Laboratory leadership competency framework
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Laboratory leadership competency framework

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    Laboratories are an essential and fundamental part of health systems and play a critical role in the detection, diagnosis, treatment and control of diseases (1, 2). However, reliable laboratory services continue to be limited in many low- and middle-income countries (3). Although there have been examples of effective laboratory responses to outbreaks (4-6), a well-documented number of such events, including some at the convergence of human, animal, and environmental health, have shown how a lack of robust laboratory systems can impede disease control and prevention efforts. Recent examples include outbreaks of: Ebola viral disease, human H5N1 (avian) influenza, Zika viral disease, bovine spongiform encephalopathy (BSE) and foot and mouth disease (FMD) (7-9). Likewise, the control and management of endemic diseases such as human immunodeficiency virus (HIV) disease, malaria, cholera and brucellosis, as well as infections caused by antimicrobial- resistant pathogens, are also hampered by a lack of adequate laboratory services (10). These circumstances highlight the importance of building sustainable national health laboratory systems that are a component of overall health systems (11). This would require a long-term commitment and laboratory leaders who are able to manage laboratories in complex environments and build strong collaborative networks at every level of the health system in order to attain optimal human, animal and environmental health (12).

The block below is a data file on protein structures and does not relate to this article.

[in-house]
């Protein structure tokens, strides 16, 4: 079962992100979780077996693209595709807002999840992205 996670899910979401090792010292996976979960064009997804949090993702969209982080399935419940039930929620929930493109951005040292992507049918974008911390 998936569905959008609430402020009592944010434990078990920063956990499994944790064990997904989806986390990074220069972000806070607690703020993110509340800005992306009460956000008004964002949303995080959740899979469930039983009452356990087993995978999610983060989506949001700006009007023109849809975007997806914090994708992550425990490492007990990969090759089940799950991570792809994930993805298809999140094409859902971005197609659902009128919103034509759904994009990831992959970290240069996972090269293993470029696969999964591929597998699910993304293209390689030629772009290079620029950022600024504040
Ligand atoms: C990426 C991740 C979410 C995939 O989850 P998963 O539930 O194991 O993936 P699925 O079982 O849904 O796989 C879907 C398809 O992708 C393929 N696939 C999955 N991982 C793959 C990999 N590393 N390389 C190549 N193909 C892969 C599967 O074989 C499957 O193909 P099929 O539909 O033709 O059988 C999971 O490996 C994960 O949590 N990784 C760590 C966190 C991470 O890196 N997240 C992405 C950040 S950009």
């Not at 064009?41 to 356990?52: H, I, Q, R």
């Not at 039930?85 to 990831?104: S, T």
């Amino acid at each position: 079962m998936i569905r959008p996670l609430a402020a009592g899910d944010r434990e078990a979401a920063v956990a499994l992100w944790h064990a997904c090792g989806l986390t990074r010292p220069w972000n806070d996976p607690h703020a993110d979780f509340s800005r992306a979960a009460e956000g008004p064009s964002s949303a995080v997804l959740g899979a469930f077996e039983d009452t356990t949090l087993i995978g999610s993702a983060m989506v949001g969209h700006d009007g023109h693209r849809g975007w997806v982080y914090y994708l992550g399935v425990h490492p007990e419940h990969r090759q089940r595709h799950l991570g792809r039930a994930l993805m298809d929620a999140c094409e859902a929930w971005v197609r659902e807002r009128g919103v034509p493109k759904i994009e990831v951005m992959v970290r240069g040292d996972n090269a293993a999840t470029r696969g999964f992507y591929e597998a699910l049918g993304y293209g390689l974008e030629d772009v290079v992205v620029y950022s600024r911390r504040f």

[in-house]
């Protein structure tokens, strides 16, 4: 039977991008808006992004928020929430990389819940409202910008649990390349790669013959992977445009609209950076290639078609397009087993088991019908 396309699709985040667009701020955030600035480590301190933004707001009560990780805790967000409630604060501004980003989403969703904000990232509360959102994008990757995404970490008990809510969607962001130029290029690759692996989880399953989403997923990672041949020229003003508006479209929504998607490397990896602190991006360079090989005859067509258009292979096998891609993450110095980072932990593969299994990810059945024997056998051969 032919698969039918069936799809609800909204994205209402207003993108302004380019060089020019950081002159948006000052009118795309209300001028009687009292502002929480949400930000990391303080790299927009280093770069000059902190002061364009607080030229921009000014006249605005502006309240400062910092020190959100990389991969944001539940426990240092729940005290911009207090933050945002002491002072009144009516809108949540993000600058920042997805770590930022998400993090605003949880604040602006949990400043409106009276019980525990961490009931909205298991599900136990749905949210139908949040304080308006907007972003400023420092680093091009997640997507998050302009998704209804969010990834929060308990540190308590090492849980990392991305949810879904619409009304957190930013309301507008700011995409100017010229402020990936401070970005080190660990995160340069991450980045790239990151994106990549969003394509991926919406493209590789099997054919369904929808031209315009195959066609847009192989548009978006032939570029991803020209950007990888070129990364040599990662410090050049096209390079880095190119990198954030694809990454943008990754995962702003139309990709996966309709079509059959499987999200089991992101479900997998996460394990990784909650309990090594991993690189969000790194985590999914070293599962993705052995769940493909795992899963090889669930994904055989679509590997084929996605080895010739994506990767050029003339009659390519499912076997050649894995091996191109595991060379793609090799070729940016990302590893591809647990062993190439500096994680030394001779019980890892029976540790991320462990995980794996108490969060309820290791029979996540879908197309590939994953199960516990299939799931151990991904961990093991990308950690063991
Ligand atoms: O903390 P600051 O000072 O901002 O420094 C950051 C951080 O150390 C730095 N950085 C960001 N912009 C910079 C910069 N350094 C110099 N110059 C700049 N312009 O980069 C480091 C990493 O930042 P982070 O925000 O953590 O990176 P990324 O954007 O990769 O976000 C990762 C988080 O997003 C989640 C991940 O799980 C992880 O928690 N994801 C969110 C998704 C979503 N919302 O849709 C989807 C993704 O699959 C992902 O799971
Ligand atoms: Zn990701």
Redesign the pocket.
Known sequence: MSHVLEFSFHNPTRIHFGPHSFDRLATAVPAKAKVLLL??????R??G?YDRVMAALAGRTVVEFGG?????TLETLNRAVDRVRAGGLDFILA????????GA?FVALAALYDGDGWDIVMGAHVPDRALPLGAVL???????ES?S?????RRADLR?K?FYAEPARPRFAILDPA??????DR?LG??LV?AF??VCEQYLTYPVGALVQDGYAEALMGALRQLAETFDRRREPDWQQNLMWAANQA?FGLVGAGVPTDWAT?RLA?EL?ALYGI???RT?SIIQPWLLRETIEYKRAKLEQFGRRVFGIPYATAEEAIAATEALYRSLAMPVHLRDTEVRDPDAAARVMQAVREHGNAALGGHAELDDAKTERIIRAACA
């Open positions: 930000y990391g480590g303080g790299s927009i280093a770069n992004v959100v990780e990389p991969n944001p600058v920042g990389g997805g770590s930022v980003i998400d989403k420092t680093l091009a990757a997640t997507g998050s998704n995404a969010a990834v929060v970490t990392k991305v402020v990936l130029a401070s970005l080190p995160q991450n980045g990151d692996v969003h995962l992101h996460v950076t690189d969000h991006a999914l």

It is recognized that, in order to lead efforts in the development and direction of capable laboratory systems, laboratory leaders require meaningful education and training in leadership and management skills (13), and that most of them have not had sufficient specific training in these areas (World Health Organization, unpublished report on the Laboratory leadership and management training programme meeting, Lyon, France, 12–13 May 2011). The lack of adequate leadership and management training is particularly acute in low- and middle-income countries. To effectively address this gap, a comprehensive, competency- based learning programme, applicable on a global scale, is needed to provide the foundation for training programmes for laboratory leadership and management.

    General disclaimers. The designations employed and the presentation of the material in this publication do not imply the expression of any opinion whatsoever on the part of the World Health Organization (WHO), the Food and Agriculture Organization of the United Nations (FAO), the World Organisation for Animal Health (OIE), the European Centre for Disease Prevention and Control (ECDC), the Centers for Disease Control and Prevention (CDC) or the Association of Public Health Laboratories (APHL) concerning the legal status of any country, territory, city or area or of its authorities, or concerning the delimitation of its frontiers or boundaries. Dotted and dashed lines on maps represent approximate border lines for which there may not yet be full agreement.

    Suggested citation. Laboratory leadership competency framework. Geneva: World Health Organization; 2019.

  • Content Notes:
    Contents -- Acknowledgements -- Introduction: Background; Framework Development; Framework Scope; Intended Use of Framework; Framework Structure; Framework Design; Framework Outline -- Competency Framework: Competency 1: Laboratory system; Competency 2: Leadership; Competency 3: Management; Competency 4: Communication; Competency 5: Quality management system; Competency 6: Biosafety and biosecurity; Competency 7: Disease surveillance and outbreak investigation; Competency 8: Emergency preparedness, response and recovery; Competency 9: Research -- Glossary of Terms – References.
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